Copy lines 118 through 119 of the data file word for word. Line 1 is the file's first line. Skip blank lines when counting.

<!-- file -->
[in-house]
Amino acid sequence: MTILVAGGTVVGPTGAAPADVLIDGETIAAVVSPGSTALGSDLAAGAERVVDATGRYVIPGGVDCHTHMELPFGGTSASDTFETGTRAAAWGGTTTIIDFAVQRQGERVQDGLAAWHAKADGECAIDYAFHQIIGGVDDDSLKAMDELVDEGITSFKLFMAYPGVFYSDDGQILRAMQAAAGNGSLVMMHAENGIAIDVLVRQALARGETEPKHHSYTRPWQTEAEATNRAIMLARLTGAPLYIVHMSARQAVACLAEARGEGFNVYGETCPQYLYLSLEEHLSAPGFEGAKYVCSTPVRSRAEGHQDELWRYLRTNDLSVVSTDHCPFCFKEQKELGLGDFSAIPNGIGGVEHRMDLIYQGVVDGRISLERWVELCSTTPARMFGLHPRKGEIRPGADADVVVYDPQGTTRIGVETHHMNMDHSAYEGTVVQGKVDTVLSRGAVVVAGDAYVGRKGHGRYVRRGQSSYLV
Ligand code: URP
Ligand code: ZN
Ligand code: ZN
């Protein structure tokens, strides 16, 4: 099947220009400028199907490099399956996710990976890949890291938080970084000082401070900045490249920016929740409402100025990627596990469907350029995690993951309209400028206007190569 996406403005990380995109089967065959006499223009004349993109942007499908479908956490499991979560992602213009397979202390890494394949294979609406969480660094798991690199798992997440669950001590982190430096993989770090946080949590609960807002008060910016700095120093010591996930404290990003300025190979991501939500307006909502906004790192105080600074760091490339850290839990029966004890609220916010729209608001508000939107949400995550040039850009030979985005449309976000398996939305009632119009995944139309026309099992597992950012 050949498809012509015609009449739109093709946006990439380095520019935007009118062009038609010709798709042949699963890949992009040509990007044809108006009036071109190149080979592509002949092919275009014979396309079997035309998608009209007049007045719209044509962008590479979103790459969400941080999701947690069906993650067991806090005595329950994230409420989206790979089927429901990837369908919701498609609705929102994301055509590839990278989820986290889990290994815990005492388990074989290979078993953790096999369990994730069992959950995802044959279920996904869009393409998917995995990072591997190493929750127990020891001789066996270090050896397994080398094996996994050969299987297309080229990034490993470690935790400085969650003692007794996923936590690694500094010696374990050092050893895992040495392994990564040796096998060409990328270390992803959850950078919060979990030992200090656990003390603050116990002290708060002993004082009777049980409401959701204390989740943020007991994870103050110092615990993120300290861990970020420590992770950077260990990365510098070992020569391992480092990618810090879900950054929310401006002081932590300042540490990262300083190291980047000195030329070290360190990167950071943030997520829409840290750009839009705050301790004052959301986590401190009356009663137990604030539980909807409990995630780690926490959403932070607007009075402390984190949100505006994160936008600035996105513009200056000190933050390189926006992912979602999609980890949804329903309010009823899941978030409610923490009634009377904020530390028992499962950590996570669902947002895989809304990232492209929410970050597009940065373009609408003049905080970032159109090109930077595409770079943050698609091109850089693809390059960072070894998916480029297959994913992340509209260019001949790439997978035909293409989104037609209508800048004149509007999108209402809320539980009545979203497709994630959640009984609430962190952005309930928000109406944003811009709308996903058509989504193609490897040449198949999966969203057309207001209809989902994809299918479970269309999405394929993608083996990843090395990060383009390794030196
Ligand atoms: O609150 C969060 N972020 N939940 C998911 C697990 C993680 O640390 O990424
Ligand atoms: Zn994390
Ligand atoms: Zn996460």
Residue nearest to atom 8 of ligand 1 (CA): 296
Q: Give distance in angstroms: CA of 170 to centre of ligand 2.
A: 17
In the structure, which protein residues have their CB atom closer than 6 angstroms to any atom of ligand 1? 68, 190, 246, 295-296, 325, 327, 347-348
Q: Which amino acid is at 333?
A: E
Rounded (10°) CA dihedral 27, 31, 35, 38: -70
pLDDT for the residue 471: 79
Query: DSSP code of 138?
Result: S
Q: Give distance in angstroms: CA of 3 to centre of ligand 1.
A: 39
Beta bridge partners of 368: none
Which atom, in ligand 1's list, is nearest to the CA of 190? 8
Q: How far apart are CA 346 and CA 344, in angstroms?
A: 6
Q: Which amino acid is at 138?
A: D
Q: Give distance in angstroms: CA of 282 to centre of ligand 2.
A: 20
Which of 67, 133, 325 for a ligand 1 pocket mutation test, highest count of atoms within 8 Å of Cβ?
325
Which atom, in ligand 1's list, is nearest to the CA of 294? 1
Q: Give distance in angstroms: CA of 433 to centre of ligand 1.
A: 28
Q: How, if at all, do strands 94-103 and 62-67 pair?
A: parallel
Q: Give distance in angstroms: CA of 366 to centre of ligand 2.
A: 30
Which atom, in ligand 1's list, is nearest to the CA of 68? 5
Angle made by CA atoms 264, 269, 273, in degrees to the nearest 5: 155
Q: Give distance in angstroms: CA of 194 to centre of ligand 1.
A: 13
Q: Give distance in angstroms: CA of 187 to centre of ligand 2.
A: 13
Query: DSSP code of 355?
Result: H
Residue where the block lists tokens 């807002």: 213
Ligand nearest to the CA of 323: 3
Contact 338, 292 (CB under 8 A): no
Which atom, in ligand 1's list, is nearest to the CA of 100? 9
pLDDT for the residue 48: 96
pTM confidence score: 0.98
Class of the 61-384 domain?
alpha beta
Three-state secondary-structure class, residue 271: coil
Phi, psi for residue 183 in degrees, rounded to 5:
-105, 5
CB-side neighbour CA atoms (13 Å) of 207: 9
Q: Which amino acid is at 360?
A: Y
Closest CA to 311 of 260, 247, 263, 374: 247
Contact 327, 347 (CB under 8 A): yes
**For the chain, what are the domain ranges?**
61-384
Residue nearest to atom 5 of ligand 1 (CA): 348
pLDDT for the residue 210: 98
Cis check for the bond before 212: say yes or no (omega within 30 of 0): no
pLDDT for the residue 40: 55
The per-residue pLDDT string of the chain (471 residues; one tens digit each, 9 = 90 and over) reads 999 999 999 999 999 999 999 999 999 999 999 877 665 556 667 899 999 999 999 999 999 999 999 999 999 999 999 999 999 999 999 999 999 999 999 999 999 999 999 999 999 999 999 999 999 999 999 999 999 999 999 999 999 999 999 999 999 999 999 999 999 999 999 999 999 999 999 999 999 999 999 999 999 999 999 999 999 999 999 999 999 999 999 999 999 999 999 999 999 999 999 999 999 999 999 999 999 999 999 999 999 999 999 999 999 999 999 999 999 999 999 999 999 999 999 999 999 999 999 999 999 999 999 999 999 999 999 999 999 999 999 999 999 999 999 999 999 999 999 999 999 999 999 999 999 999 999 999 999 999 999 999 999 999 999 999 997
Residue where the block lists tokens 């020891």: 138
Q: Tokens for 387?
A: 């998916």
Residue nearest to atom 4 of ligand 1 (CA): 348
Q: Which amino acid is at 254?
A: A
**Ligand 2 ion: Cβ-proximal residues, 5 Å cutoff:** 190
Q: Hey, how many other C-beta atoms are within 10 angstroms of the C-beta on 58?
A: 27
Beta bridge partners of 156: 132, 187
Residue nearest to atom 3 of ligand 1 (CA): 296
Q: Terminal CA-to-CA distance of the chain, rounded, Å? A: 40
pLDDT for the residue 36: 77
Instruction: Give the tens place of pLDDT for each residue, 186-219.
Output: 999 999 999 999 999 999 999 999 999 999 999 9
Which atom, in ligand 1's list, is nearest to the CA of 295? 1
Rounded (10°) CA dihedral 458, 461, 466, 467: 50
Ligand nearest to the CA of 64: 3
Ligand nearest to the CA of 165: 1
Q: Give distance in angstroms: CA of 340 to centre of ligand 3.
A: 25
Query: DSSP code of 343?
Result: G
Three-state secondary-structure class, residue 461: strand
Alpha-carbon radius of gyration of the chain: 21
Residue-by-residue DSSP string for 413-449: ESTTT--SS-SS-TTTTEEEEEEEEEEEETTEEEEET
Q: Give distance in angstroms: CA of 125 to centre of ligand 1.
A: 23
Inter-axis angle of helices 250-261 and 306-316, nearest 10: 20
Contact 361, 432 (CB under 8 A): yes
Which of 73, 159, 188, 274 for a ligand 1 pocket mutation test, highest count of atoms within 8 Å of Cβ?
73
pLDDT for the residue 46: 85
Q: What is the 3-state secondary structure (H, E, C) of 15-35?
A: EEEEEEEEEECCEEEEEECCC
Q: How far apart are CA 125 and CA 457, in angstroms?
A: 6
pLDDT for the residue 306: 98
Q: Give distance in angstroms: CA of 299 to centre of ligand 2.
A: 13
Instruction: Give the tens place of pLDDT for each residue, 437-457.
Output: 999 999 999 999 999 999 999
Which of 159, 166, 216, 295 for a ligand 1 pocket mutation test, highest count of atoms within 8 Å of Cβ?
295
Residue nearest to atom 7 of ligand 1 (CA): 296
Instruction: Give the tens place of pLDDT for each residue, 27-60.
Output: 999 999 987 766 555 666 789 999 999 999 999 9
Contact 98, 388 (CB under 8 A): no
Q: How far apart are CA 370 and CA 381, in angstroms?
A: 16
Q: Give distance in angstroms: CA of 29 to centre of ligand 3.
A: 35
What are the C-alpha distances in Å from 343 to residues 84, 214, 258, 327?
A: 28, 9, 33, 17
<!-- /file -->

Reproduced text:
Q: How far apart are CA 370 and CA 381, in angstroms?
A: 16